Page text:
The Gardners had their hands in Chicago politics as well, and their efforts in that arena led to the election of Harold Washington, Chicago’s first Black mayor. Soft Sheen dedicated its advertising budget to running spots on the radio focused on voter engagement. At the time, Edward Gardner told the Chicago Weekend, “My family has always been involved in trying to make life better for the African-American community.”
Gardner added, “We thought it was our responsibility as a successful Black company, where we gained most of (our) income right here in Chicago, to give back… to help the Black community realize its strength and power.”
Bettiann also was a founding member of the Chicago Sinfonietta orchestra. The Chicago Sinfonietta has become known over the years as a place where diversity, inclusion and equity is not only encouraged, but championed, according to their website.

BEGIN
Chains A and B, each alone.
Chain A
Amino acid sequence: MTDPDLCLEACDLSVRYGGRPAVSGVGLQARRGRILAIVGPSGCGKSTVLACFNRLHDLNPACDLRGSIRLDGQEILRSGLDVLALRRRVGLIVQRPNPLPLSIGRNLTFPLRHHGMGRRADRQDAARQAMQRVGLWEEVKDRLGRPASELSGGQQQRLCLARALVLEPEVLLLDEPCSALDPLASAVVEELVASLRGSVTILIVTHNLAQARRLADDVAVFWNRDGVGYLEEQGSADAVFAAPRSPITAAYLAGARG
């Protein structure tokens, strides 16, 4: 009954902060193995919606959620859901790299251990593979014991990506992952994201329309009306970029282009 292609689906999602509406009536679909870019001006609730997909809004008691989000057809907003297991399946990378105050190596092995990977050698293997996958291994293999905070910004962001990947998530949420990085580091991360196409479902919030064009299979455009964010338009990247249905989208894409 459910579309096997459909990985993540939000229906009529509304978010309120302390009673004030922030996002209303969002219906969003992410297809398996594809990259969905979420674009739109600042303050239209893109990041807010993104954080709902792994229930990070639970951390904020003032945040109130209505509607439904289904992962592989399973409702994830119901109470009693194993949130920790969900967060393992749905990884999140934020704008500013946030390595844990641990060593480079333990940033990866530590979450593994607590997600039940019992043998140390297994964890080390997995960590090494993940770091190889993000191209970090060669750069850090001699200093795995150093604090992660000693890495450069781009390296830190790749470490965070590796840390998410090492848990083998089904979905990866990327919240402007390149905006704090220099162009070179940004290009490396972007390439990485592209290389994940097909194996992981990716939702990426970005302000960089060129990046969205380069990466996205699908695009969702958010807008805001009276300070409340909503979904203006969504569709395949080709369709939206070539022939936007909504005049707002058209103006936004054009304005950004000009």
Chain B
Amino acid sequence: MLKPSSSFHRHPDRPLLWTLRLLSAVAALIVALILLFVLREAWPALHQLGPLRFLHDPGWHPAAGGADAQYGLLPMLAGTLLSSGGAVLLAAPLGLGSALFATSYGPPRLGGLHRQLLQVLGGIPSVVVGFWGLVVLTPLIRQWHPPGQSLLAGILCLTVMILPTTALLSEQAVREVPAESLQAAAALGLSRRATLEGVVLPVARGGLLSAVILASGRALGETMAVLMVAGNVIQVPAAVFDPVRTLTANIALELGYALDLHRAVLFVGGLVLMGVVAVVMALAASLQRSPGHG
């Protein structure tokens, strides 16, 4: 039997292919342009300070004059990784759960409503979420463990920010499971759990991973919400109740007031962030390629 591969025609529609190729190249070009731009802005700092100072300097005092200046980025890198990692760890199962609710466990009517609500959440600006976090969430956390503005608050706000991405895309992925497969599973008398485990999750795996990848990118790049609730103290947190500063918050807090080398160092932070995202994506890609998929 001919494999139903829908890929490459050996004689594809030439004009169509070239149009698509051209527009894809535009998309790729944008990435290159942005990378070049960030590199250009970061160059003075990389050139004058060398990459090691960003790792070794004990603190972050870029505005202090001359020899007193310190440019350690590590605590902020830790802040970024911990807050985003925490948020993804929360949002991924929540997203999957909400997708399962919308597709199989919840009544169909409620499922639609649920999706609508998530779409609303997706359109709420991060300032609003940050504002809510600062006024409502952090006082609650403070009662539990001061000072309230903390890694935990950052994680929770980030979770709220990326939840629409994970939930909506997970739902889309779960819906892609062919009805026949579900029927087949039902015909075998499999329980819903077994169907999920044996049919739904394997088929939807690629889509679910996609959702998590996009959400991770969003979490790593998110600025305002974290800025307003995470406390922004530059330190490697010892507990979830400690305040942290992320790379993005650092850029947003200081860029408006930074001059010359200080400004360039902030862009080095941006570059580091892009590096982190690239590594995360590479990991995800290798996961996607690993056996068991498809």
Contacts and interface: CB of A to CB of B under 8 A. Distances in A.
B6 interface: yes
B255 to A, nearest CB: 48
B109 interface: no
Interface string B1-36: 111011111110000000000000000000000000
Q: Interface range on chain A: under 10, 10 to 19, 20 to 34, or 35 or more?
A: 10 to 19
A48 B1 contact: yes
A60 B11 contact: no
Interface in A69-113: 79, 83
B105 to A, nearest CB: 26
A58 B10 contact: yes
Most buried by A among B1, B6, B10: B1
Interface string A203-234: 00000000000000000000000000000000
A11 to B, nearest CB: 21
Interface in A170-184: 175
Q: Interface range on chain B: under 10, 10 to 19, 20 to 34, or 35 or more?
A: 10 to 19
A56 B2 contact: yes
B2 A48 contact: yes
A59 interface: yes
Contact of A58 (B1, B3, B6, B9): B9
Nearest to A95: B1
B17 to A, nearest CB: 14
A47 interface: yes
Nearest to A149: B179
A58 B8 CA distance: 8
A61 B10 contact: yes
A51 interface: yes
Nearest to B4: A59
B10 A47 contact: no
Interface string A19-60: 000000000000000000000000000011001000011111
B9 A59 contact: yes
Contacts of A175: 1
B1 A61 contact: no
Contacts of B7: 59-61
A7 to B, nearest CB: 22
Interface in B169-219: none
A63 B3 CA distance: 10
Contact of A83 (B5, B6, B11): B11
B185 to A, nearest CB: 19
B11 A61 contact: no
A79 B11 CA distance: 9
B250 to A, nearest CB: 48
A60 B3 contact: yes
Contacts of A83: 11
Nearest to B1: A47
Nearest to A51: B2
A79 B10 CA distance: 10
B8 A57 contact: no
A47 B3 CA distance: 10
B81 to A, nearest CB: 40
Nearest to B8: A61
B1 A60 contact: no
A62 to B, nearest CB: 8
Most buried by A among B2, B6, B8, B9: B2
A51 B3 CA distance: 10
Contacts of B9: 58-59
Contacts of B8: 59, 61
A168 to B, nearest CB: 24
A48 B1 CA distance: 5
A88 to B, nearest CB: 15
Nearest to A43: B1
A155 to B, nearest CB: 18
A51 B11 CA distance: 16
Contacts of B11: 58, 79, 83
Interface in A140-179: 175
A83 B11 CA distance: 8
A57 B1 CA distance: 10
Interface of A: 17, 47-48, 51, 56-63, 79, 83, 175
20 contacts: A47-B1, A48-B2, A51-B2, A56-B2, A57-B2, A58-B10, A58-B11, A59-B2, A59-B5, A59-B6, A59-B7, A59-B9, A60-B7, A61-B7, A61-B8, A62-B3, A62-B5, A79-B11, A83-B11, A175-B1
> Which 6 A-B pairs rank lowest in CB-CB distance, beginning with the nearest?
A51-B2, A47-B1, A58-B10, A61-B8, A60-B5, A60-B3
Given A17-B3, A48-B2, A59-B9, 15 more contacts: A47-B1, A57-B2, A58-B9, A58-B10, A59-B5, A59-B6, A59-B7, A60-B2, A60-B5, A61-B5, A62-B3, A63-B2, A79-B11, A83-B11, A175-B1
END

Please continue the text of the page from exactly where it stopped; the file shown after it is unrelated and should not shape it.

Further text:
In 1998, the pair sold their franchise to cosmetics conglomerate L’Oreal in a deal that benefited both sides. Soft Sheen got to keep their name attached to the product, and thus kept their legacy alive, and L’Oreal got access to the Black hair care market.
Terri told the Chicago Sun-Times that her mother’s desire for beauty and aesthetics as well as a high standard was reflected in the company culture.
“For my mom, it was always how we did things, and she very much appreciated the aesthetics of life, and that showed in the buildings, the ingredients, the products, the packaging. It was all part of her desire to be the best we could be,” Gardner said. “In many ways, the culture of the company was largely a reflection of her values and principles of excellence. She expected a lot and that helped everybody to raise their game.”
Bettiann Gardner is survived by her children, Terri Gardner, Guy Gardner, Gary Gardner, and Tracy Gardner as well as seven grandchildren and one great-grandchild.
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Source: Black Enterprise